JOSH STEIN'S AND CHERI BEASLEY'S RACES ARE STILL TOO CLOSE TO CALL: The outcomes of elections for North Carolina's top lawyer and top judge likely won't be settled for at least several more days as mail-in ballots trickle in and provisional ballots are scrutinized statewide. In the race for attorney general, incumbent Democrat Josh Stein faced Republican challenger Jim O'Neill, the Forsyth County district attorney. State Supreme Court Chief Justice Cheri Beasley faced challenger Paul Newby, who is currently an associate justice. Both races are too early to call, since as many as 116,000 mail-in absentee ballots sent to voters haven't been returned but can be counted if received by county elections offices by Nov. 12. The State Board of Elections announced on Thursday that roughly 41,000 provisional ballots cast on Election Day also will be examined by county boards. Ballots cast by qualified voters will be added to county tabulations late next week. The Associated Press also has not called five other statewide races: for president, U.S. Senate, state auditor, labor commissioner and another Supreme Court seat. Once all ballots are counted and confirmed by county boards, statewide candidates can seek a recount should they trail by 10,000 votes or fewer.

WHAT LED TO TRUMP'S "UNHINGED" THURSDAY NIGHT PRESS CONFERENCE: By Wednesday evening, however, Trump had begun telling allies he believed he could lose — but only because the election was being “stolen from him,” a campaign official said. And when he woke up Thursday, he was angry again and eager to take a more defiant tone, advisers said. The president was eager to speak publicly Thursday about the election — arguing that his rightful victory was being stolen, and that states were conspiring against him. But again, allies and advisers counseled caution, trying to assuage Trump by outlining their aggressive plan to fight and urging him to keep a low profile. But on Thursday evening, the president appeared in front of reporters at the White House around 6:45, seeming subdued and deflated, and made unproven claims about voter fraud and vowing to continue the fight through legal channels. He mocked mail-in ballots and polling from the news media and said, falsely, that states were making up ballots to cost him the election. He made a series of other unsubstantiated allegations against democratic elections. At one point, Trump said states that counted the votes were behaving in a corrupt manner — while Arizona needed to count the ballots so he could win. He walked away without taking questions. Two senior campaign officials said they expected a public-relations effort as well as a legal operation over voter fraud to continue for days, if not weeks. They began asking donors to give large checks for the effort, according to two people familiar with the effort.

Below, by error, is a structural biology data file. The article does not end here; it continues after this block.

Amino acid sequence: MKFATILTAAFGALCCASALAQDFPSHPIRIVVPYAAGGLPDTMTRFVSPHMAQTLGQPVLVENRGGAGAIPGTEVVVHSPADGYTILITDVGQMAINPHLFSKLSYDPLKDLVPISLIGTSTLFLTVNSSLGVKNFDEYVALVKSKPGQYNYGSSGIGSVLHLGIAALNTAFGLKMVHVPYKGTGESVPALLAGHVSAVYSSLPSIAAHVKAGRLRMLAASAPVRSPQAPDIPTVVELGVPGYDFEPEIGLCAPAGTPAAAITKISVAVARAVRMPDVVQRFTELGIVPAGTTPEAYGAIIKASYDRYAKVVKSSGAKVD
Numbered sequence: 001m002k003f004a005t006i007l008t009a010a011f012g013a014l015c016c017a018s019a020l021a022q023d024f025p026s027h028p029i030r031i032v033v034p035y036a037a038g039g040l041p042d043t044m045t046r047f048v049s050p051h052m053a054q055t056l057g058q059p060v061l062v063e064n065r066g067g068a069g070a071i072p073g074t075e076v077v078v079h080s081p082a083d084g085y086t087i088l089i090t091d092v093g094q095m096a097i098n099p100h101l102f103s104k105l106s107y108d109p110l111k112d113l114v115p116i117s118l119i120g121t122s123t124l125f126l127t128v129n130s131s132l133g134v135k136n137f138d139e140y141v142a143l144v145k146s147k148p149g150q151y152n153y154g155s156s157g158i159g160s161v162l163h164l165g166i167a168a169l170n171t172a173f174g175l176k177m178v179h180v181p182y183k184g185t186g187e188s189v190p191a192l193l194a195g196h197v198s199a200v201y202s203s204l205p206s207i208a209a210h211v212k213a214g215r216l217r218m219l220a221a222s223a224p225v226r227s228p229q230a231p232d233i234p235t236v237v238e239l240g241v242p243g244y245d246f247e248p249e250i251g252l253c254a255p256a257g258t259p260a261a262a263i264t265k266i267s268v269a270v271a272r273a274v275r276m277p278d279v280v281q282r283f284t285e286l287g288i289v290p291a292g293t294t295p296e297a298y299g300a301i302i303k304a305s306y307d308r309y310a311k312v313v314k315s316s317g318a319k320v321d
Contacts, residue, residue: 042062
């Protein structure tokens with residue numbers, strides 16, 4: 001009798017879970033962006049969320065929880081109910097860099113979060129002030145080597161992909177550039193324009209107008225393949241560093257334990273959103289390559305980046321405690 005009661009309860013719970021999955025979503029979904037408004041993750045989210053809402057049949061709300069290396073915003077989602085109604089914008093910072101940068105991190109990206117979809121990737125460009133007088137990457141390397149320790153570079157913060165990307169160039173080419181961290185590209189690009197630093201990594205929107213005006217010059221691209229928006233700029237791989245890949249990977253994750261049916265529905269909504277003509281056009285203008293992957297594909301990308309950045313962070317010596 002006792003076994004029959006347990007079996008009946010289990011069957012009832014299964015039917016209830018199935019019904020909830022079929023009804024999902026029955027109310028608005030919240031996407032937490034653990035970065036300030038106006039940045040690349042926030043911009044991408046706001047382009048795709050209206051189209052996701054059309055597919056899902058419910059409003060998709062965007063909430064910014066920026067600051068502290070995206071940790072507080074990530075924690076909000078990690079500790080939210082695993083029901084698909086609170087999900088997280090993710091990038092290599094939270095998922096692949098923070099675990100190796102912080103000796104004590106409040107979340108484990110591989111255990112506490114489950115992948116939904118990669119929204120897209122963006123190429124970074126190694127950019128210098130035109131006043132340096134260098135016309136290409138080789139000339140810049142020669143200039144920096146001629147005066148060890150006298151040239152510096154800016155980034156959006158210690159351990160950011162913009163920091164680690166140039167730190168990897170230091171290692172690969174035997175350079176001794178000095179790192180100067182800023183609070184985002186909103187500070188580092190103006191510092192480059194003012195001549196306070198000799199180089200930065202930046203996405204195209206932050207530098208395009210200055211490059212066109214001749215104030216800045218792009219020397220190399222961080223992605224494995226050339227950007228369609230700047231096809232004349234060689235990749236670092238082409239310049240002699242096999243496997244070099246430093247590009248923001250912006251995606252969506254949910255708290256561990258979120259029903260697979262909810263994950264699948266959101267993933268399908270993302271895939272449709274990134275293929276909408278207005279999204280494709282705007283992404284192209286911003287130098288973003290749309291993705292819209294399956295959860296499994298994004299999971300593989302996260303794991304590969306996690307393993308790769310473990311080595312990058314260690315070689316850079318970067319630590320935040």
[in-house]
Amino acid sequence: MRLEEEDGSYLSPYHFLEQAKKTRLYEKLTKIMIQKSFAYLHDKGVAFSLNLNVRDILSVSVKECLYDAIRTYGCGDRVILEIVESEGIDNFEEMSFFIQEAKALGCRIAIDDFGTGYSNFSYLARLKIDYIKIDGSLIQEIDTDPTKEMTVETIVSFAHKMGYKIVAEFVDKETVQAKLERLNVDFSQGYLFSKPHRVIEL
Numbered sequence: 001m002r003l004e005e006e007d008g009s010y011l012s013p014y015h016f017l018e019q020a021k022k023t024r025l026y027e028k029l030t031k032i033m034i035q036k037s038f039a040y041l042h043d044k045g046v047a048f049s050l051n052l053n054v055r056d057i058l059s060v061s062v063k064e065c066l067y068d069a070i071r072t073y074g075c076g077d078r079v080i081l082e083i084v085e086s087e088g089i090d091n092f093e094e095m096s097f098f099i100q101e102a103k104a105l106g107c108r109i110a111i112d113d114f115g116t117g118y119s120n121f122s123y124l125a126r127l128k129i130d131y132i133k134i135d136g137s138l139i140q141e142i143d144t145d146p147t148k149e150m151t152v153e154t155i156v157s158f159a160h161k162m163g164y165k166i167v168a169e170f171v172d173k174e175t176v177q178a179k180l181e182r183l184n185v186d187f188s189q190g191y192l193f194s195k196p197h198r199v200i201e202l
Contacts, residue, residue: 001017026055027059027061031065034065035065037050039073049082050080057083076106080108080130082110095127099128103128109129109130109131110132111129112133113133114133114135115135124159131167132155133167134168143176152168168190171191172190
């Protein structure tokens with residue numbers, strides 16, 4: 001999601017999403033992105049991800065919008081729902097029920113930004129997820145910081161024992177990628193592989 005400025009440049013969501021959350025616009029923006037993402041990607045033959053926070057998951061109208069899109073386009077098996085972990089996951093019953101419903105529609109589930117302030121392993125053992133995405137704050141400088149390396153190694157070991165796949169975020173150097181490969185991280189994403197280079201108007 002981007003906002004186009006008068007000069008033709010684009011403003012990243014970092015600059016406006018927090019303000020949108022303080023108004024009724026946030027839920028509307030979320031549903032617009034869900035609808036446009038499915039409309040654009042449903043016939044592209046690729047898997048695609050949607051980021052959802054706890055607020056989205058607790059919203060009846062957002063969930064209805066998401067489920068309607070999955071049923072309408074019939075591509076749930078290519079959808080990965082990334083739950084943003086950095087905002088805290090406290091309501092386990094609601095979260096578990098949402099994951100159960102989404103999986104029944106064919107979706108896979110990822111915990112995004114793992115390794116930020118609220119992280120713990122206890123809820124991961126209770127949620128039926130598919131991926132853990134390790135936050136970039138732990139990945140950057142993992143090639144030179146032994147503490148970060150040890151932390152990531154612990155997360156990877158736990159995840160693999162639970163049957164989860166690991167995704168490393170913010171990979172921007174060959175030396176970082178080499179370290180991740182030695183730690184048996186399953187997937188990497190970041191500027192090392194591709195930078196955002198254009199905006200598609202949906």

MEANWHILE, CORONAVIRUS IS RUNNING RAMPANT IN U.S.: The United States recorded at least 121,000 new infections on Thursday, a day after hitting 100,000 for the first time since the pandemic began, and for many Americans, fatalism was the order of the day. “We knew it was just a matter of time,” said Matt Christensen. In Ohio, which set its own record Thursday, a giant fridge at the Cleveland Clinic glowed with rows and rows of coronavirus samples. Technicians shook test tubes and squinted at graphs on computer screens, trying to determine whether yet another patient had tested positive. “I work, I go home, I come back,” one lab supervisor said. In Virginia, students in the Henry County Public Schools district were at work in their classes. But 22 staff members and students had tested positive, and hundreds more had been quarantined. So the superintendent went before the school board to recommend that the district revert to virtual learning until January. The vote was unanimous, and come Monday, the district’s schools will close. In Minot, N.D., patients crammed an emergency room at Trinity Health, waiting to be admitted. The entire floor dedicated to coronavirus patients had no more available beds. Dr. Jeffrey Sather, the chief of staff, called other large hospitals around the state to see if he could send some patients there. But every hospital was also full. By nightfall, the nation hurtled past the 100,000-case mark once again. Sixteen states set daily case records on Thursday, and three had death records. In 28 states, there have been more cases announced in the past week than in any other seven-day stretch.